Nuclear bomb detectors reveal hidden population of blue whales

A rare spot of a blue whale tail fluke. Credit: Mike Baird. Accessible via Wikimedia Commons. CC BY 2.0.

Blue whales may be the largest animals on the planet, but they’re hard to spot. The 20 commercial whaling industrye century brought them to the brink of extinction, and today they are listed as endangered under the Endangered Species Act. A blue whale can weigh up to 33 elephants, but many go unnoticed because their numbers are small and they live mostly solitary in all oceans except the Arctic. Yet earlier this year, a team of scientists reported finding a new population of pygmy blue whales in the middle of the equatorial Indian Ocean, using nuclear test detection equipment.

“The discovery would not have been possible otherwise,” said Emmanuelle Leroy, referring to the underwater microphone array that “listens” to sound waves indicative of underwater explosions. Leroy is a bioacoustician – a scientist who studies how animals create and perceive sound – and lead author of the study on the discovery of the pygmy blue whale. (Pygmy blue whales are only small compared to other blue whales; at 90 tons, they can weigh up to 15 elephants, assuming an elephant weighs around 6 tons.) Now that scientists are aware of this new population of blue whales, they can work to protect these vulnerable giants from threats such as ship strikes, entanglement in fishing gear, ocean noise and climate change.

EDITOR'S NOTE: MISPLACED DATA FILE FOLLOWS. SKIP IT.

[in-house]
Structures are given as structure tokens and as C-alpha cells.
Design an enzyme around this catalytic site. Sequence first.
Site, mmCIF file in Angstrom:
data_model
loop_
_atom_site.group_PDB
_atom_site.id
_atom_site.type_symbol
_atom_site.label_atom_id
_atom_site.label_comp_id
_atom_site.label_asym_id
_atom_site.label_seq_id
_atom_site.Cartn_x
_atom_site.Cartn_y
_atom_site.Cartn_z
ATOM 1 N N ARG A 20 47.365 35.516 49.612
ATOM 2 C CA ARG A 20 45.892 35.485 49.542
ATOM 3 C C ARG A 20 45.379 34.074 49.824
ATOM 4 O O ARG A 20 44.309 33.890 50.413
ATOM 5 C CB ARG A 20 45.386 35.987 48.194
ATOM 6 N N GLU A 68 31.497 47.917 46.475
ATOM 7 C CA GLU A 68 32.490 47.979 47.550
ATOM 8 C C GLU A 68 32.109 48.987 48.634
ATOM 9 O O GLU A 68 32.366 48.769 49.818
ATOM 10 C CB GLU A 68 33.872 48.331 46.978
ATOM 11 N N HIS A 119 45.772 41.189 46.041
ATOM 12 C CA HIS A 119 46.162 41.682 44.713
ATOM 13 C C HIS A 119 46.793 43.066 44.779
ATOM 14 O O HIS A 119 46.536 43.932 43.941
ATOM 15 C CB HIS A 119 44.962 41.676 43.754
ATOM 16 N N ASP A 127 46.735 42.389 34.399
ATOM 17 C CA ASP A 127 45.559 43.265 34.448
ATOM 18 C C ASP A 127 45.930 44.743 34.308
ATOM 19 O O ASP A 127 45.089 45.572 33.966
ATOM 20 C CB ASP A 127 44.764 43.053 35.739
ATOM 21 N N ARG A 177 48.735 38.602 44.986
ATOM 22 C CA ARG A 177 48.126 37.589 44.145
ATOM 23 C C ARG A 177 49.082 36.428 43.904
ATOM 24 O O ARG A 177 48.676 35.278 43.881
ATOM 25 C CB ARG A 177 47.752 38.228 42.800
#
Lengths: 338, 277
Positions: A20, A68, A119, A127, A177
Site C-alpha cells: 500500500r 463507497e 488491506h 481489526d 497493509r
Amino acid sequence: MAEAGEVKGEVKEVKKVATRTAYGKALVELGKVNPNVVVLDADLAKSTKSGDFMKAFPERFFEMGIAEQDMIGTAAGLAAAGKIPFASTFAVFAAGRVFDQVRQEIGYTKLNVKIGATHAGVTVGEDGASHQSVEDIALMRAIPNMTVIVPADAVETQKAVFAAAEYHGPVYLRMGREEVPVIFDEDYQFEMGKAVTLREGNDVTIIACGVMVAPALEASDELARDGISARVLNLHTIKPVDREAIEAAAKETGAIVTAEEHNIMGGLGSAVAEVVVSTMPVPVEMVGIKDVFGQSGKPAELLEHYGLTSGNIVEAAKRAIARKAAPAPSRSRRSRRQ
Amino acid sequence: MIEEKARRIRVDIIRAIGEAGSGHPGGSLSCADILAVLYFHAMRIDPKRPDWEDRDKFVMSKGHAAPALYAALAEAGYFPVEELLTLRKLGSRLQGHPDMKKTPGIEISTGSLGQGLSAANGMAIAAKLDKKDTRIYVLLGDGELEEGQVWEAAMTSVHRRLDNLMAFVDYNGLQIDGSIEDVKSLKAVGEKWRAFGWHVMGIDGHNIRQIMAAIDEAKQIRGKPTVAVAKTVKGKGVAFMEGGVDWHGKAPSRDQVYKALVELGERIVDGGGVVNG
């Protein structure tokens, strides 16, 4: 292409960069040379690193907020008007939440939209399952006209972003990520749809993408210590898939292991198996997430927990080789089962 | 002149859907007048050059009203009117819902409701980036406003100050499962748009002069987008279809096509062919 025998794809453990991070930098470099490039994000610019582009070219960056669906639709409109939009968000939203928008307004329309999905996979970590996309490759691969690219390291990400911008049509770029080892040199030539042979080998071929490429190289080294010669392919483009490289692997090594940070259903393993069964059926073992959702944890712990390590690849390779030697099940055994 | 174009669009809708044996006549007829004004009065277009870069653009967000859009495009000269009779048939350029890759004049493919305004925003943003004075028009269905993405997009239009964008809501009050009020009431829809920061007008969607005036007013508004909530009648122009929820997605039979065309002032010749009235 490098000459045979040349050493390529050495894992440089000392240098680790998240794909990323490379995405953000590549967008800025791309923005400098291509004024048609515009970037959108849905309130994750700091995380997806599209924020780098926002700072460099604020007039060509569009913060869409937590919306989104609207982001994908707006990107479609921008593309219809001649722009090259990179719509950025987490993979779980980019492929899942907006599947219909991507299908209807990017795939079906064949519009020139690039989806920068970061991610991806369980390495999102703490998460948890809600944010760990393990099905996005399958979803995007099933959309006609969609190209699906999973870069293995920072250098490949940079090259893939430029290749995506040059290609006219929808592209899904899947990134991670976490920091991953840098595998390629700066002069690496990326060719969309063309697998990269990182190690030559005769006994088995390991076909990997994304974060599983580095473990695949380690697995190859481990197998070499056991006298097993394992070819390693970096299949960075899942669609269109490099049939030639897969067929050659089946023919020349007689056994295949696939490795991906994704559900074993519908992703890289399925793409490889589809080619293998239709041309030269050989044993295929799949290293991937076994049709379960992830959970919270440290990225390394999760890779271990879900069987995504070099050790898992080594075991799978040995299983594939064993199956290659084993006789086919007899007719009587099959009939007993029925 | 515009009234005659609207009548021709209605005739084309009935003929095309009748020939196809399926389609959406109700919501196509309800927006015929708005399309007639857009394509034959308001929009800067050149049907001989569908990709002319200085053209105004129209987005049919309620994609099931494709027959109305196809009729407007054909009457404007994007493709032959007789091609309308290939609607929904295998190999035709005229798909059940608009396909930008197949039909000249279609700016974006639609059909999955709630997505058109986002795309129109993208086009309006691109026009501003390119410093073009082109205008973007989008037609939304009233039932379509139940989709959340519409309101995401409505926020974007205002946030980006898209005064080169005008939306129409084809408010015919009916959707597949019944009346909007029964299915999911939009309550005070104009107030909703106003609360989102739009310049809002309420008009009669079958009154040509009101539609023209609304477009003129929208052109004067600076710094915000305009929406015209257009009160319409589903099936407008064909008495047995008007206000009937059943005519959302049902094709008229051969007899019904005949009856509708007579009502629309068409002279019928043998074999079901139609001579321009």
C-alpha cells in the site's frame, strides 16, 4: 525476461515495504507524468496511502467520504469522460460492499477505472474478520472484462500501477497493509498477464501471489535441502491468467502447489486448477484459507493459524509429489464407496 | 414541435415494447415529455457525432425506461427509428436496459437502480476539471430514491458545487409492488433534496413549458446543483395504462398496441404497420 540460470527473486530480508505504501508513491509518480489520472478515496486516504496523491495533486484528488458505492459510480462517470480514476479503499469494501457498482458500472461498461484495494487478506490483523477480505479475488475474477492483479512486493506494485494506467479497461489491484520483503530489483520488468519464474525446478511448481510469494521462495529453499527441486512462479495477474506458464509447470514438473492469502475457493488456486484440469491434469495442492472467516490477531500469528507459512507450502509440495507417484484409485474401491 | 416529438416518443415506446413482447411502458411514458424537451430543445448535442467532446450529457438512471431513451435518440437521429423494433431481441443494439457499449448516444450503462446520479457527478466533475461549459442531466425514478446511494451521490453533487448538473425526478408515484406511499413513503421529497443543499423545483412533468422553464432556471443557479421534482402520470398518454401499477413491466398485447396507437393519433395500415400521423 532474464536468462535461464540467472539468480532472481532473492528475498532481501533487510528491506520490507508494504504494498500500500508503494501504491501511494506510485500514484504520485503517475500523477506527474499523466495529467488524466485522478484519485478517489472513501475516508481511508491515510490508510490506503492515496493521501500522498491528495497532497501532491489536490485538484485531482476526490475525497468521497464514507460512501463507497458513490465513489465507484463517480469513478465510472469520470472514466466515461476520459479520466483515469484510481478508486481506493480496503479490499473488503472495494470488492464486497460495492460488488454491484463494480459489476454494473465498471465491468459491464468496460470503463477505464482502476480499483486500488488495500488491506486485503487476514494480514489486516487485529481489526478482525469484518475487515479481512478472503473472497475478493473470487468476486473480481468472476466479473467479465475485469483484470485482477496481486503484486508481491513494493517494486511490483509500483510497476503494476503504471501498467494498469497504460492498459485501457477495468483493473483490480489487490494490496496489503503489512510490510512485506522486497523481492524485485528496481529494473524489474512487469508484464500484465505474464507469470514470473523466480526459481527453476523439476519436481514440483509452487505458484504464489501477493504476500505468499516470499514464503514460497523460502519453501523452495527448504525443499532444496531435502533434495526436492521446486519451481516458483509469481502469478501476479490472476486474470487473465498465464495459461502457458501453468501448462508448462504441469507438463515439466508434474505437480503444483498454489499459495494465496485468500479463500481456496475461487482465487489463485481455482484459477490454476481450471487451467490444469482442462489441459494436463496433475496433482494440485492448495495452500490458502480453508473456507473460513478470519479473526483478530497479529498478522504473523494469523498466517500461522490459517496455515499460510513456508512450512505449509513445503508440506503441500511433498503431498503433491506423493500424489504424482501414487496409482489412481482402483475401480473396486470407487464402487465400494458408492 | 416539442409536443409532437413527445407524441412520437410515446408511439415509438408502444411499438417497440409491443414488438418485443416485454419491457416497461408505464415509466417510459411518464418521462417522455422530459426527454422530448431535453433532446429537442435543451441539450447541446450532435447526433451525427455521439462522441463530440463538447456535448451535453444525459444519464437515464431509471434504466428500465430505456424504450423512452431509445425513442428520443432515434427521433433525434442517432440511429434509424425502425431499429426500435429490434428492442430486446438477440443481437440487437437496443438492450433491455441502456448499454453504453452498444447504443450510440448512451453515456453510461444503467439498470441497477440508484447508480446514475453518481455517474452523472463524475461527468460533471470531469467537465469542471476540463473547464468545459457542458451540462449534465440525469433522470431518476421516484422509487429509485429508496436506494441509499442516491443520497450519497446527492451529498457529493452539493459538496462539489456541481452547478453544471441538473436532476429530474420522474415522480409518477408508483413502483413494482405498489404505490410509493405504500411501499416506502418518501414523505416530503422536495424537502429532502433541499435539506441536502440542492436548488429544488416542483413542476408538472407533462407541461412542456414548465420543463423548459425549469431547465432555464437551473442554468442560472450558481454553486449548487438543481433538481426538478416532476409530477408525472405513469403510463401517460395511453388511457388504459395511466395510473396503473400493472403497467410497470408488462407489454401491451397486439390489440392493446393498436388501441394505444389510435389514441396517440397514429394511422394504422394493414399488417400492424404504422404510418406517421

“I think it’s pretty cool that the same system that protects the world from nuclear bombs allows us to find new populations of whales, which in the long run can help us study the health of the marine environment,” Tracey Rogers, marine ecologist and senior author of the study, said.

The nuclear test detection system. The underwater microphones are part of the international surveillance system which ensures “that no nuclear explosion goes unnoticed”. The system is a global network (nearing completion) of 170 seismic stations, 80 radionuclide stations, 60 infrasound stations and 11 hydroacoustic stations in 89 countries around the world. Network data is collected at the headquarters of the Comprehensive Nuclear-Test-Ban Treaty Organization in Vienna, where it is made available for civic and scientific purposes. Japan, for example, uses the data to gain real-time information on underwater earthquakes that precede tsunamis, enabling early warnings that save lives.

To hear the chants of the new blue whale population, Leroy and his team poured nearly two decades of recordings of ocean underwater soundscapes from six different recording sites into the monitoring system.

“At first I noticed a lot of horizontal lines on the spectrogram,” Leroy said. “These lines at particular frequencies reflect a strong signal, so there was a lot of energy there.”

The songs varied between sites depending on the season, suggesting that the whales migrated into the central Indian Ocean, reaching as far east as northern Western Australia and possibly as far north as Sri Lanka. It turns out that the Indian Ocean is home to a greater variety of pygmy blue whales than previously thought.

What do whale songs sound like? The rumblings heard on the recordings shared low frequencies, rhythms and structures characteristic of large whales. The audio patterns repeated themselves and were consistent over years of data, leading researchers to believe the animals were blue whales rather than, say, humpback whales.